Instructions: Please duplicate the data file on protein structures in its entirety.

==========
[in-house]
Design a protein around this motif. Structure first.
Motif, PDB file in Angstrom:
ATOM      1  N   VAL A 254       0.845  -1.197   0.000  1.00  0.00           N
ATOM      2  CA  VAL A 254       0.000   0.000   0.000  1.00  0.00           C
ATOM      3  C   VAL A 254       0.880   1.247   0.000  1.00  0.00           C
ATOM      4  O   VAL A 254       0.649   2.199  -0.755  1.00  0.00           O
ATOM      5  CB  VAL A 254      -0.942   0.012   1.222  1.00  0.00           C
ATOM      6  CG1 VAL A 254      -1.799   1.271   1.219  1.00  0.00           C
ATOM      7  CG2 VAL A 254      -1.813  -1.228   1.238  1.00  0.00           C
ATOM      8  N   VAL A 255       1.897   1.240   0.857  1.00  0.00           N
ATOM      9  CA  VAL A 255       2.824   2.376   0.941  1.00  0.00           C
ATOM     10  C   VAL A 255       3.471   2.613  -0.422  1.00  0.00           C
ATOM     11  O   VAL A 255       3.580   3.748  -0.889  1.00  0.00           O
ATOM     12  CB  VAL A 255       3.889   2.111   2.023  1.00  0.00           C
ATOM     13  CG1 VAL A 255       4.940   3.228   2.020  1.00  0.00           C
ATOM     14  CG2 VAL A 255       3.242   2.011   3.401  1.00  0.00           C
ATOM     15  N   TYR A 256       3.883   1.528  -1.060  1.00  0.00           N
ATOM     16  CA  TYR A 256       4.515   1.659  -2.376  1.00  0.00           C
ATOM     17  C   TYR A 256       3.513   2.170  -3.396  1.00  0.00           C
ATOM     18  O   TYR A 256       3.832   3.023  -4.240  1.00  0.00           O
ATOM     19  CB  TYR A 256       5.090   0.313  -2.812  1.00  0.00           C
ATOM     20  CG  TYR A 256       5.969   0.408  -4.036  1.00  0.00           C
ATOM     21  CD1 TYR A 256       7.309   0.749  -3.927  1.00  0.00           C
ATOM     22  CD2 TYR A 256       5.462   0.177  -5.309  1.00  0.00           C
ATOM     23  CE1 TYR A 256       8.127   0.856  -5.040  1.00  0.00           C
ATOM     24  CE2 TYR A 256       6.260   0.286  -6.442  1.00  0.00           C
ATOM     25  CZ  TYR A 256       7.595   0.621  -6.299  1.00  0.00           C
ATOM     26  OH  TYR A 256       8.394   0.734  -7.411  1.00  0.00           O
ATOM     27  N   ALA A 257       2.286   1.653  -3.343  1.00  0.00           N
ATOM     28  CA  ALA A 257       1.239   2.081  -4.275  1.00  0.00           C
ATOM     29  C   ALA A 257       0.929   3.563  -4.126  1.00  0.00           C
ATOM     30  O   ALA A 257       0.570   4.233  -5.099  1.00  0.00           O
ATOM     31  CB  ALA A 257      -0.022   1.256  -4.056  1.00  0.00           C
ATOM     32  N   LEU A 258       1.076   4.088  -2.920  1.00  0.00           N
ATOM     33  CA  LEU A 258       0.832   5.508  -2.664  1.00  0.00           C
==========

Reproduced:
[in-house]
Design a protein around this motif. Structure first.
Motif, PDB file in Angstrom:
ATOM      1  N   VAL A 254       0.845  -1.197   0.000  1.00  0.00           N
ATOM      2  CA  VAL A 254       0.000   0.000   0.000  1.00  0.00           C
ATOM      3  C   VAL A 254       0.880   1.247   0.000  1.00  0.00           C
ATOM      4  O   VAL A 254       0.649   2.199  -0.755  1.00  0.00           O
ATOM      5  CB  VAL A 254      -0.942   0.012   1.222  1.00  0.00           C
ATOM      6  CG1 VAL A 254      -1.799   1.271   1.219  1.00  0.00           C
ATOM      7  CG2 VAL A 254      -1.813  -1.228   1.238  1.00  0.00           C
ATOM      8  N   VAL A 255       1.897   1.240   0.857  1.00  0.00           N
ATOM      9  CA  VAL A 255       2.824   2.376   0.941  1.00  0.00           C
ATOM     10  C   VAL A 255       3.471   2.613  -0.422  1.00  0.00           C
ATOM     11  O   VAL A 255       3.580   3.748  -0.889  1.00  0.00           O
ATOM     12  CB  VAL A 255       3.889   2.111   2.023  1.00  0.00           C
ATOM     13  CG1 VAL A 255       4.940   3.228   2.020  1.00  0.00           C
ATOM     14  CG2 VAL A 255       3.242   2.011   3.401  1.00  0.00           C
ATOM     15  N   TYR A 256       3.883   1.528  -1.060  1.00  0.00           N
ATOM     16  CA  TYR A 256       4.515   1.659  -2.376  1.00  0.00           C
ATOM     17  C   TYR A 256       3.513   2.170  -3.396  1.00  0.00           C
ATOM     18  O   TYR A 256       3.832   3.023  -4.240  1.00  0.00           O
ATOM     19  CB  TYR A 256       5.090   0.313  -2.812  1.00  0.00           C
ATOM     20  CG  TYR A 256       5.969   0.408  -4.036  1.00  0.00           C
ATOM     21  CD1 TYR A 256       7.309   0.749  -3.927  1.00  0.00           C
ATOM     22  CD2 TYR A 256       5.462   0.177  -5.309  1.00  0.00           C
ATOM     23  CE1 TYR A 256       8.127   0.856  -5.040  1.00  0.00           C
ATOM     24  CE2 TYR A 256       6.260   0.286  -6.442  1.00  0.00           C
ATOM     25  CZ  TYR A 256       7.595   0.621  -6.299  1.00  0.00           C
ATOM     26  OH  TYR A 256       8.394   0.734  -7.411  1.00  0.00           O
ATOM     27  N   ALA A 257       2.286   1.653  -3.343  1.00  0.00           N
ATOM     28  CA  ALA A 257       1.239   2.081  -4.275  1.00  0.00           C
ATOM     29  C   ALA A 257       0.929   3.563  -4.126  1.00  0.00           C
ATOM     30  O   ALA A 257       0.570   4.233  -5.099  1.00  0.00           O
ATOM     31  CB  ALA A 257      -0.022   1.256  -4.056  1.00  0.00           C
ATOM     32  N   LEU A 258       1.076   4.088  -2.920  1.00  0.00           N
ATOM     33  CA  LEU A 258       0.832   5.508  -2.664  1.00  0.00           C